Fujita 66

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The Fujita 66 is a 6×6 format SLR introduced in 1956, known for its budget price. The original model has script lettering on the nameplate; the example with block lettering is a later model.

Though of simpler construction than the contemporary Exakta 66 and first offerings from Hasselblad, the Fujita had more going for it than just the price. Being reasonably light and compact, looking like a stumped down TLR and easy focusing with a tab on the lens. The 80mm 3.5 FC Fujitar providing a surprisingly bright view thanks to the fresnel screen in the viewfinder glass. A bit troublesome today but closer to a norm at the point of release, the aid of a shutter cable needs the famed Leica nipple (much like many TLRs). Another Leica inspired detail is the shutter speed selector that much like early Barnack Leicas needs to be pulled up before set in place. Maybe is it because of this, like with the FSU Leica copies, that many shutters have given up on these cameras. Another curiousity is the lens screw mount on the body for change of lens, even though no other Fujitar lenses seem to have been provided. Later the Kalimar Reflex would build up a set of lenses for the mount.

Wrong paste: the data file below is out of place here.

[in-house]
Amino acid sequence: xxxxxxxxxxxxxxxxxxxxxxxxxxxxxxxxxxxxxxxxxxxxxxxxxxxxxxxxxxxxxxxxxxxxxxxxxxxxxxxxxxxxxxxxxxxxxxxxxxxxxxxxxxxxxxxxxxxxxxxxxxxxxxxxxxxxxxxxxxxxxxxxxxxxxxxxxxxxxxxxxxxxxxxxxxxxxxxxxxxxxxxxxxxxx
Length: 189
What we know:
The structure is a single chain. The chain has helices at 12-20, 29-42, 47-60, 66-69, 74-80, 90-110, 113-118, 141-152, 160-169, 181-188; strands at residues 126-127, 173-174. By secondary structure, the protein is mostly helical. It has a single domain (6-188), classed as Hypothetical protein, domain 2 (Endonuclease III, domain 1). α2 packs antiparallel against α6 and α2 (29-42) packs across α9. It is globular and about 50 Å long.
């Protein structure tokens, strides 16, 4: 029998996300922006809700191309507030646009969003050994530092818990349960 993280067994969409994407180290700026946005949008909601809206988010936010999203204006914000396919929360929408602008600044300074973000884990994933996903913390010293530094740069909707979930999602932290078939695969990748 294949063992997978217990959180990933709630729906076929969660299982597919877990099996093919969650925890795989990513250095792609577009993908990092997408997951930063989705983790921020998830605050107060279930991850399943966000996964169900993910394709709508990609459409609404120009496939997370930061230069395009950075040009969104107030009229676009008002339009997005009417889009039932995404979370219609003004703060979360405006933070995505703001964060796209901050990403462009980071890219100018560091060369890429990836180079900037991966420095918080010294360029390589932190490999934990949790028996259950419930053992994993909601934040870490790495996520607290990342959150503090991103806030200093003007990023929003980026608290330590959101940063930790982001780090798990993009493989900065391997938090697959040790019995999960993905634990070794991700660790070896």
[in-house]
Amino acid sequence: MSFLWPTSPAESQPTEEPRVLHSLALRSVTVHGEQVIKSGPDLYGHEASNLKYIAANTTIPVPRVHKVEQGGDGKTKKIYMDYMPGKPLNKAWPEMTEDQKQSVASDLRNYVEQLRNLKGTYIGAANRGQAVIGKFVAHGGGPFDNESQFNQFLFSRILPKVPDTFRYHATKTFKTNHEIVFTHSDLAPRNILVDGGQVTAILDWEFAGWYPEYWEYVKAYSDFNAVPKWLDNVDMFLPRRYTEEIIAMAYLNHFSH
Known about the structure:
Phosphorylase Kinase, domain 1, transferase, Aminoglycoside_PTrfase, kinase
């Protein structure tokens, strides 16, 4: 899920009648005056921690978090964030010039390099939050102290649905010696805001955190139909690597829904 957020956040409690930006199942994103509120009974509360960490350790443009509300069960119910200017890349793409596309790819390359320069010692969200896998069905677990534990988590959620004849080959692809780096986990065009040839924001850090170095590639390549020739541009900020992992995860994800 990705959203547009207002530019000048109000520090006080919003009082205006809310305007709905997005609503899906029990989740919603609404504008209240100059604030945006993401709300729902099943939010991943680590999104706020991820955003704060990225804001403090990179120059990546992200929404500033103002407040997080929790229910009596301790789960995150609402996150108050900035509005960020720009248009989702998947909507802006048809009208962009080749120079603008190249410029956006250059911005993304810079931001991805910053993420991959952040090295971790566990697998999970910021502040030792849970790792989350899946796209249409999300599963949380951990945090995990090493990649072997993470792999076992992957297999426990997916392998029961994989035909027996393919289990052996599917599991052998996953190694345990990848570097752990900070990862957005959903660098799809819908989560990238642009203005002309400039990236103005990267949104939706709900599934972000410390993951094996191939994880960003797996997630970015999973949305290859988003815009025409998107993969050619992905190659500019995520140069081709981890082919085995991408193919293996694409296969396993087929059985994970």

Other details of note:

- No instant return mirror

- Integrated sports finder and fold out focusing loupe

- Shutter speeds ranging from 1/500 to 1/25

- Aperture selector turns freely without notches at aperture stops


Versions of the Fujita 66 manufactured by Fujita Optical Company were also re-branded as the Kalimar Reflex, Kalimar Six Sixty, the Soligor 66, the Haco 66 and the Fodor 66SL.[1]



Fujita 66ST Fujita 66SL Fujita 66SQ
Introduction 1956 1958 1960
Lens 80mm f/3.5 80mm f/3.5 80mm f/3.5
80mm f/2.8
Shutter 1/25 - 1/500 +1/5 +1 sec
Mirror return No No Yes

Notes

  1. Fodor 66SL sold at the eleventh Westlicht Photographica Auction on 26 May 2007.

Bibliography

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